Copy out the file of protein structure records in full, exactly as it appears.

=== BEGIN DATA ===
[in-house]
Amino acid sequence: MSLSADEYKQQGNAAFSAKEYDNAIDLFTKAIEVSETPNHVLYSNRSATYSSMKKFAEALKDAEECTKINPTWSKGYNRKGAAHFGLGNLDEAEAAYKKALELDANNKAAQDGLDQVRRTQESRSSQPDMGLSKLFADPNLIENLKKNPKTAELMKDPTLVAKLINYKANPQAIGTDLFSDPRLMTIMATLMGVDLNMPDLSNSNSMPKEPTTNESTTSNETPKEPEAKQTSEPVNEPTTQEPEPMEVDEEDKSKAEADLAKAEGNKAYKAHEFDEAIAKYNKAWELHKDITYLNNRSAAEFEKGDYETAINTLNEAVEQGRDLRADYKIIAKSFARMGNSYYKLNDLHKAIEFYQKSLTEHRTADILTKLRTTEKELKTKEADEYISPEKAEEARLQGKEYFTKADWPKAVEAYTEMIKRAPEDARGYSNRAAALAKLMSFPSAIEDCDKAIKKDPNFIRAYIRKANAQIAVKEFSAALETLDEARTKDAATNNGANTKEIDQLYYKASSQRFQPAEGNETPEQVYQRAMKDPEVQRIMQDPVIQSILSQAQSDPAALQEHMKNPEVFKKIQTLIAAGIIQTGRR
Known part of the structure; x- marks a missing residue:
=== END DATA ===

[in-house]
Amino acid sequence: MSLSADEYKQQGNAAFSAKEYDNAIDLFTKAIEVSETPNHVLYSNRSATYSSMKKFAEALKDAEECTKINPTWSKGYNRKGAAHFGLGNLDEAEAAYKKALELDANNKAAQDGLDQVRRTQESRSSQPDMGLSKLFADPNLIENLKKNPKTAELMKDPTLVAKLINYKANPQAIGTDLFSDPRLMTIMATLMGVDLNMPDLSNSNSMPKEPTTNESTTSNETPKEPEAKQTSEPVNEPTTQEPEPMEVDEEDKSKAEADLAKAEGNKAYKAHEFDEAIAKYNKAWELHKDITYLNNRSAAEFEKGDYETAINTLNEAVEQGRDLRADYKIIAKSFARMGNSYYKLNDLHKAIEFYQKSLTEHRTADILTKLRTTEKELKTKEADEYISPEKAEEARLQGKEYFTKADWPKAVEAYTEMIKRAPEDARGYSNRAAALAKLMSFPSAIEDCDKAIKKDPNFIRAYIRKANAQIAVKEFSAALETLDEARTKDAATNNGANTKEIDQLYYKASSQRFQPAEGNETPEQVYQRAMKDPEVQRIMQDPVIQSILSQAQSDPAALQEHMKNPEVFKKIQTLIAAGIIQTGRR
Known part of the structure; x- marks a missing residue: